Williams KJ (2017) Private Lives Made Public: The Invention of Biography in Early Modern England. Pittsburgh, PA: Duquesne UP, 2016. x + 206pp. ISBN 13: 9780820704821. $70.00 (cloth). Milton Quarterly, 51 (2), pp. 138-140. https://doi.org/10.1111/milt.12206
First paragraph: On the final page of this volume, Andrea Walkden writes what could also be both its beginning and its battle‐cry: “from the royal memoir to the merest minute, the early modern life has always invited misrecognition” (165). This is only too true. From the era of classic works such as Donald Stauffer's English Biography Before 1700 (1930) until surprisingly recently, early modern biographies have been approached with a strange lack of critical acumen, a desire to enumerate but not to analyze, and a peculiar detachment from any larger historical or generic awareness. It is greatly to Walkden's credit that she has consciously and decisively repudiated this tradition in favor of a new, more critical approach to some of the central works of the early modern biographical canon.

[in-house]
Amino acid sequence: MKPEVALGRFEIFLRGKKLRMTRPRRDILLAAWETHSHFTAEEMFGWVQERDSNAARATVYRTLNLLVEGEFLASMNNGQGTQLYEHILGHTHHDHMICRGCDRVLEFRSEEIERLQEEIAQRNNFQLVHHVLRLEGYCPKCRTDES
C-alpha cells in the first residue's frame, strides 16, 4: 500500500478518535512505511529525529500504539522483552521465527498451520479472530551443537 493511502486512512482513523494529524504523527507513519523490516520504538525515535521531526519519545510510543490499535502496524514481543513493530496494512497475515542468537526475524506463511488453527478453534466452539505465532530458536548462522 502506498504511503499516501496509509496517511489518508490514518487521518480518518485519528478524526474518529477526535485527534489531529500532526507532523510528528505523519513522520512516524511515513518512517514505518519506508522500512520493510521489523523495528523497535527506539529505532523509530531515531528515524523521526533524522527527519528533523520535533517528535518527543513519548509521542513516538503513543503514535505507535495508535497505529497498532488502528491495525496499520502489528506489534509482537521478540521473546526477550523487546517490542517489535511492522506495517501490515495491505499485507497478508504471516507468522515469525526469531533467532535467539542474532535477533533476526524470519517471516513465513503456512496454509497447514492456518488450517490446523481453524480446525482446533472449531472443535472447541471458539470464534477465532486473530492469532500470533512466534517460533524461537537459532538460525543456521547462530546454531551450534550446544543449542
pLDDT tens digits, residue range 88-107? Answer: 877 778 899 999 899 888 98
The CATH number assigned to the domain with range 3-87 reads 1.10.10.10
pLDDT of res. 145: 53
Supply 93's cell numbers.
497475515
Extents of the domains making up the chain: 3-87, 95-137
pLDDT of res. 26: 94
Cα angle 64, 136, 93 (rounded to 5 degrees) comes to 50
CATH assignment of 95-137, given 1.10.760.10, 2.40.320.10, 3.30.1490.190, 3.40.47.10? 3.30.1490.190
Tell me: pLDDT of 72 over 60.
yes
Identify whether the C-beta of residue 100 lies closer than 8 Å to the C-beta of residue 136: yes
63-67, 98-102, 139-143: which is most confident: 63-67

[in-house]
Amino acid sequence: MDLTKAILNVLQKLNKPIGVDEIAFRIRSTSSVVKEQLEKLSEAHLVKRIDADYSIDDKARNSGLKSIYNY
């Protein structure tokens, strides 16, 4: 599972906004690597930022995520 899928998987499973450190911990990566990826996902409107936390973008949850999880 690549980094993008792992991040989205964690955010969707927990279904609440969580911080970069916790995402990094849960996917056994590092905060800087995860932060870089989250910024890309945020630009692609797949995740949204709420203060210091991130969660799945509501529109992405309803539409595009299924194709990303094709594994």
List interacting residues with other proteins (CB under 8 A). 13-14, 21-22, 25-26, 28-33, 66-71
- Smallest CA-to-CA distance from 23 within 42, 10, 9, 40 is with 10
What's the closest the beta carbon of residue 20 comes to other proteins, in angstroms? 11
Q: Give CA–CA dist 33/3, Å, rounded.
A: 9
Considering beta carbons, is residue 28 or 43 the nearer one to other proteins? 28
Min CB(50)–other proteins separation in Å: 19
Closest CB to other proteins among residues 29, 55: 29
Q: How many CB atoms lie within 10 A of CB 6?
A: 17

Literature and Literary Theory
Output Type: Book Review
Milton Quarterly: Volume 51, Issue 2
|Publication date online||31/07/2017|
|Date accepted by journal||24/04/2017|